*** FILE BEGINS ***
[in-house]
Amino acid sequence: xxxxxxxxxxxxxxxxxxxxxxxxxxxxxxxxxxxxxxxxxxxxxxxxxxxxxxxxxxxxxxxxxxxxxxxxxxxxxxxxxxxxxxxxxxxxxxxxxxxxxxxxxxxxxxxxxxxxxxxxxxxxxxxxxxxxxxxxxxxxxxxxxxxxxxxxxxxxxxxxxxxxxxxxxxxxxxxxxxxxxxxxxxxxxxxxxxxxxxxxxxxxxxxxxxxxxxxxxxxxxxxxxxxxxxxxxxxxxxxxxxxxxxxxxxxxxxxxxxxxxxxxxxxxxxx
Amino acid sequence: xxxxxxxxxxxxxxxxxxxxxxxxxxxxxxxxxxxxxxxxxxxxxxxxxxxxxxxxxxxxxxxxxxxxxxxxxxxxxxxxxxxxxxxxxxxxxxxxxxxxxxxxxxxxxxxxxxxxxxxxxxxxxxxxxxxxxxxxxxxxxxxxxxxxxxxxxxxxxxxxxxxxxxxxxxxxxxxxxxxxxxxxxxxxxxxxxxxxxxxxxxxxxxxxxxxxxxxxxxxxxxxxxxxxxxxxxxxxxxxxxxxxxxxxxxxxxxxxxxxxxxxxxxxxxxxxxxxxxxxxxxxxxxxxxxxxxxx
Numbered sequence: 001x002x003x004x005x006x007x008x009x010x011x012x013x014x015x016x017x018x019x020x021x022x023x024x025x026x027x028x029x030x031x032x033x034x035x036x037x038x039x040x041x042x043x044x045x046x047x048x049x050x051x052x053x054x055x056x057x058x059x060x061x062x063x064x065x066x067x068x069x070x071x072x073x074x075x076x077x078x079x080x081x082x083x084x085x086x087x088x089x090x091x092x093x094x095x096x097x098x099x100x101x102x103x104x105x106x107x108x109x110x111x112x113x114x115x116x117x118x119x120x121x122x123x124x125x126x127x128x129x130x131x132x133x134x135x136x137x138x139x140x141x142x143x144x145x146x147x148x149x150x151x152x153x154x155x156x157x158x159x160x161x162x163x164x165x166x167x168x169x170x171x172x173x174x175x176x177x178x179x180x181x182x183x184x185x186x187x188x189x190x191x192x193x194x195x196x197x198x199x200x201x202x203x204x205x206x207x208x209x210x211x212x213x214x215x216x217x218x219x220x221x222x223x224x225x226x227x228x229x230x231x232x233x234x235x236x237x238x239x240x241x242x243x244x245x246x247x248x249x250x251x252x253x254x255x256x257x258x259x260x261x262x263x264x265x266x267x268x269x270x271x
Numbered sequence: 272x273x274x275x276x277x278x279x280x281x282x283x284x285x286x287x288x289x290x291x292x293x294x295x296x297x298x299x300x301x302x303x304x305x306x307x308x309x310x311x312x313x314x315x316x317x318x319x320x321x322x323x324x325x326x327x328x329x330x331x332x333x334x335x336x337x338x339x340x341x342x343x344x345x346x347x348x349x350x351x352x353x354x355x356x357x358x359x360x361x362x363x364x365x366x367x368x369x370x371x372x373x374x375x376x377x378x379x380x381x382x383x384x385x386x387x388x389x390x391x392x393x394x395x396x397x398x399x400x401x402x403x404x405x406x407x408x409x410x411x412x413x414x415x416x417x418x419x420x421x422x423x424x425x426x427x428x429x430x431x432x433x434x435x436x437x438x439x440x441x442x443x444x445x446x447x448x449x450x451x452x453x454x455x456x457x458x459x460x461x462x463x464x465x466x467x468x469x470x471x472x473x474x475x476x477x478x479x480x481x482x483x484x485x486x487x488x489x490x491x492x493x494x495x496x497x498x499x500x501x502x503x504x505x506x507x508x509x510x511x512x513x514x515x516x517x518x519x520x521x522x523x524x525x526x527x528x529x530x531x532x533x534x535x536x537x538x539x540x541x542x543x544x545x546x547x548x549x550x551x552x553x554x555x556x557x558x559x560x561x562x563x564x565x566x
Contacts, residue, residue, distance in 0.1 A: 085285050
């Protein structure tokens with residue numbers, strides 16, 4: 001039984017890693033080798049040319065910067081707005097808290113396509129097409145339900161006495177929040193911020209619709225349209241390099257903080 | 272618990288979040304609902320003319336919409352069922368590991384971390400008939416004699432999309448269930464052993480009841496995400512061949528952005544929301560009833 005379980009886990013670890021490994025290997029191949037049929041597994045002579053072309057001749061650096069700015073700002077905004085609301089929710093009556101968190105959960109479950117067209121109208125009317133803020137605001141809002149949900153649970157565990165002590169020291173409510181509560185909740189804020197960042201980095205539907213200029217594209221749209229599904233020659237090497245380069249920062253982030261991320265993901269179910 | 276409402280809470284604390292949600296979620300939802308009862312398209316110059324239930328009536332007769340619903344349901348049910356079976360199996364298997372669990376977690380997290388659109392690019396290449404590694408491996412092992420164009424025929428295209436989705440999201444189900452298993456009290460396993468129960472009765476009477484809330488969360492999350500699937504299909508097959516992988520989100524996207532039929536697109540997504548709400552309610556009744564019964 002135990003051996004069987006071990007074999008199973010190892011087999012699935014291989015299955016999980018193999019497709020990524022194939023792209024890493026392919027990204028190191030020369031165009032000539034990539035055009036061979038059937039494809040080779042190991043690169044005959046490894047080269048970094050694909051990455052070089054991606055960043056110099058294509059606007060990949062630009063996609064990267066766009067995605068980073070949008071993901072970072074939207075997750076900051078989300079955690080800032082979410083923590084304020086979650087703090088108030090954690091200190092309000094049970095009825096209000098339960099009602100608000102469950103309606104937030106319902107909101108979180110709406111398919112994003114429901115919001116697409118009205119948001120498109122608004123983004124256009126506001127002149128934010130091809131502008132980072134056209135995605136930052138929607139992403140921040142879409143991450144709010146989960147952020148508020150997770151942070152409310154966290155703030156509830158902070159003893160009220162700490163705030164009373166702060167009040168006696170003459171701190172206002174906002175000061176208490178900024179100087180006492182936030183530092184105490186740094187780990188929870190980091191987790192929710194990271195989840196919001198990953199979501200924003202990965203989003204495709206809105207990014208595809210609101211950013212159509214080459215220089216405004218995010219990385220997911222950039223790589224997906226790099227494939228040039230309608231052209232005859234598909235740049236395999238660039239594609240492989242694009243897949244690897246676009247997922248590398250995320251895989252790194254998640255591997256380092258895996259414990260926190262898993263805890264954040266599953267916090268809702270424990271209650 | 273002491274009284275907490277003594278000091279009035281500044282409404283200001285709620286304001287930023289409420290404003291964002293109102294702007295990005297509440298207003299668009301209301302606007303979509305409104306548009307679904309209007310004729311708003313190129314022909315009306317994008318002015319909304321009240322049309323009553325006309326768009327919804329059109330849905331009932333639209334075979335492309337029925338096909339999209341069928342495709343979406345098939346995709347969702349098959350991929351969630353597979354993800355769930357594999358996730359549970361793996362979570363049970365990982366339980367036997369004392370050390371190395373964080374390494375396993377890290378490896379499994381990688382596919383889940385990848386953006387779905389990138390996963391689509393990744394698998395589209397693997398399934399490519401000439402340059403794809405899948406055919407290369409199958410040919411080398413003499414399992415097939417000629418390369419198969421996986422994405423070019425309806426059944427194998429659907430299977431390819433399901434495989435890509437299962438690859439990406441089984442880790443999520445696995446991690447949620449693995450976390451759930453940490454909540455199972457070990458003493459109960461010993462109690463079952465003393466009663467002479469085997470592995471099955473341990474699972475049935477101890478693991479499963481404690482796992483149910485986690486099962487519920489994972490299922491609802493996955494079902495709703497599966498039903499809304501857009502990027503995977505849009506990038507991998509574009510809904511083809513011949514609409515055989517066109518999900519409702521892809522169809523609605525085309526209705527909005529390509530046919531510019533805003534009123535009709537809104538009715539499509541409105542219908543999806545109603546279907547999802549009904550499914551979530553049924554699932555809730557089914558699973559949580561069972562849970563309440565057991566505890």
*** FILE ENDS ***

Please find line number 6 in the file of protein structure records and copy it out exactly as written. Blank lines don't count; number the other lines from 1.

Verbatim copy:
Contacts, residue, residue, distance in 0.1 A: 085285050